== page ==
Since then we have had numerous setting books, covering vampires, werewolves, mages, created humans, mummies, changelings, hunters, and ghostly sin-eaters. And in that time we have also seen numerous variations on different parts of the system, and in particular the morality system and variations of ephemeral beings, and numerous ways to modify dice pools.
So it is of no surprise that the time has come for a revision of the New World of Darkness core rules. Many games in the same time period can have 2 or 3 editions, so that just shows how robust the original New World of Darkness rules were. They accommodated a number of creature types, and provided a great common baseline from which all other settings were derived.
The God Machine Chronicles book is two parts. The first is the God Machine Chronicle itself. And the last part of the book are the core World of Darkness revisions. These revisions are available for free which is great.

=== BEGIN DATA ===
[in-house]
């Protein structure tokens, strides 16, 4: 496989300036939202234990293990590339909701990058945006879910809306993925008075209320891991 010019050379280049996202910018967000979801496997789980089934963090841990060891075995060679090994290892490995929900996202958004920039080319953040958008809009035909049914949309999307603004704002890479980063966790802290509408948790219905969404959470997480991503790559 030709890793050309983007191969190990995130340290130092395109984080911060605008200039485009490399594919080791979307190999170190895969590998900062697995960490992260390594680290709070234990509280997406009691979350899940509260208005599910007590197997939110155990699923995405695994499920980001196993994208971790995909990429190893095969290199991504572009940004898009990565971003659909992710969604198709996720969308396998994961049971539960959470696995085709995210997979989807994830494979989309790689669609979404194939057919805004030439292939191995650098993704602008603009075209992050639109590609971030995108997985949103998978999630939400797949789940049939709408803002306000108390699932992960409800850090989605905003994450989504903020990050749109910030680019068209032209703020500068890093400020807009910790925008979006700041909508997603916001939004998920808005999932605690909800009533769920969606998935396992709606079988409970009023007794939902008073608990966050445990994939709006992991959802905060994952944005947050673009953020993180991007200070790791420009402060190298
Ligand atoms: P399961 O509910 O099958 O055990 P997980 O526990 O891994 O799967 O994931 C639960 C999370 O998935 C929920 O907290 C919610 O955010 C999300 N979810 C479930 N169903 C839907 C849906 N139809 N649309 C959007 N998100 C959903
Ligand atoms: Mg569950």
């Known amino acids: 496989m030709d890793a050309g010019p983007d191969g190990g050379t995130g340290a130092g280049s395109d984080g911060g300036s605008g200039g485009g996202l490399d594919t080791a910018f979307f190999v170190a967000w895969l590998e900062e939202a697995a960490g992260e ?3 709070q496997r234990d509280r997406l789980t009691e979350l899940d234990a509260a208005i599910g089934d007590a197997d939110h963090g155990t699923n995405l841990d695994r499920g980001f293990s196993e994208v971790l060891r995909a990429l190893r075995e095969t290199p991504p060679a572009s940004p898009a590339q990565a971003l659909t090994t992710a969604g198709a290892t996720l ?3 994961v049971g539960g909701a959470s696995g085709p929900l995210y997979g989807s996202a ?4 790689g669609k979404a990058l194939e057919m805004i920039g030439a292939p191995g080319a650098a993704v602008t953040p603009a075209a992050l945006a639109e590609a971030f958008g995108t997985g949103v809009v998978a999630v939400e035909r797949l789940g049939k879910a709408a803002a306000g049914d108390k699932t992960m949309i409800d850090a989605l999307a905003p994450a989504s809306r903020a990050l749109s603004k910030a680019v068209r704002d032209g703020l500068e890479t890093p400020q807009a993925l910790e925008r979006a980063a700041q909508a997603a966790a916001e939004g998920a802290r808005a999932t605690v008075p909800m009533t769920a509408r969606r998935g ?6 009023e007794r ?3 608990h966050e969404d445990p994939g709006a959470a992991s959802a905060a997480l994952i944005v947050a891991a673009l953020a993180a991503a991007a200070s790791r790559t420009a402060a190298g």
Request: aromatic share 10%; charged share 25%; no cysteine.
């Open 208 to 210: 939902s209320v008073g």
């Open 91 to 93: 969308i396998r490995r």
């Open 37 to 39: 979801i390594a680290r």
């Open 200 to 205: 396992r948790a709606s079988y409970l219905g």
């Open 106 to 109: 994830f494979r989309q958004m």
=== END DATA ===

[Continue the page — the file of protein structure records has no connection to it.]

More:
The God Machine Chronicle provides a default setting to use in a chronicle that is suitable for mortal characters. We get insight into the machinations of the God Machine, a cosmic horror that slowly maneuvers the world to it's own occult purpose. It's agents are humans, strange corruptions of the laws of reality, machine like people, and angels (angel being a broad term here - agents that work for this god based on instructions they are given). The true nature and intent of the God Machine is never given in the book, just the theme and mood, since any number of explanations could be valid.
To support these chronicles we are given plenty of ideas for how characters can get involved in these plots, and we are also given explanations of how the God Machine goes about manipulating the world, creating infrastructures to gathering, nurture, create and hide it's plans. Based upon these ideas we are then given a series of 20 or so example stories. These are not fully fledged Storyteller Adventure System (SAS) descriptions, but more condensed descriptions that explain the concept of the story, the types of characters involved, and the reason for why the event are happening. We are also given explanations for how these stories would influence future stories, depending upon the success of the player characters.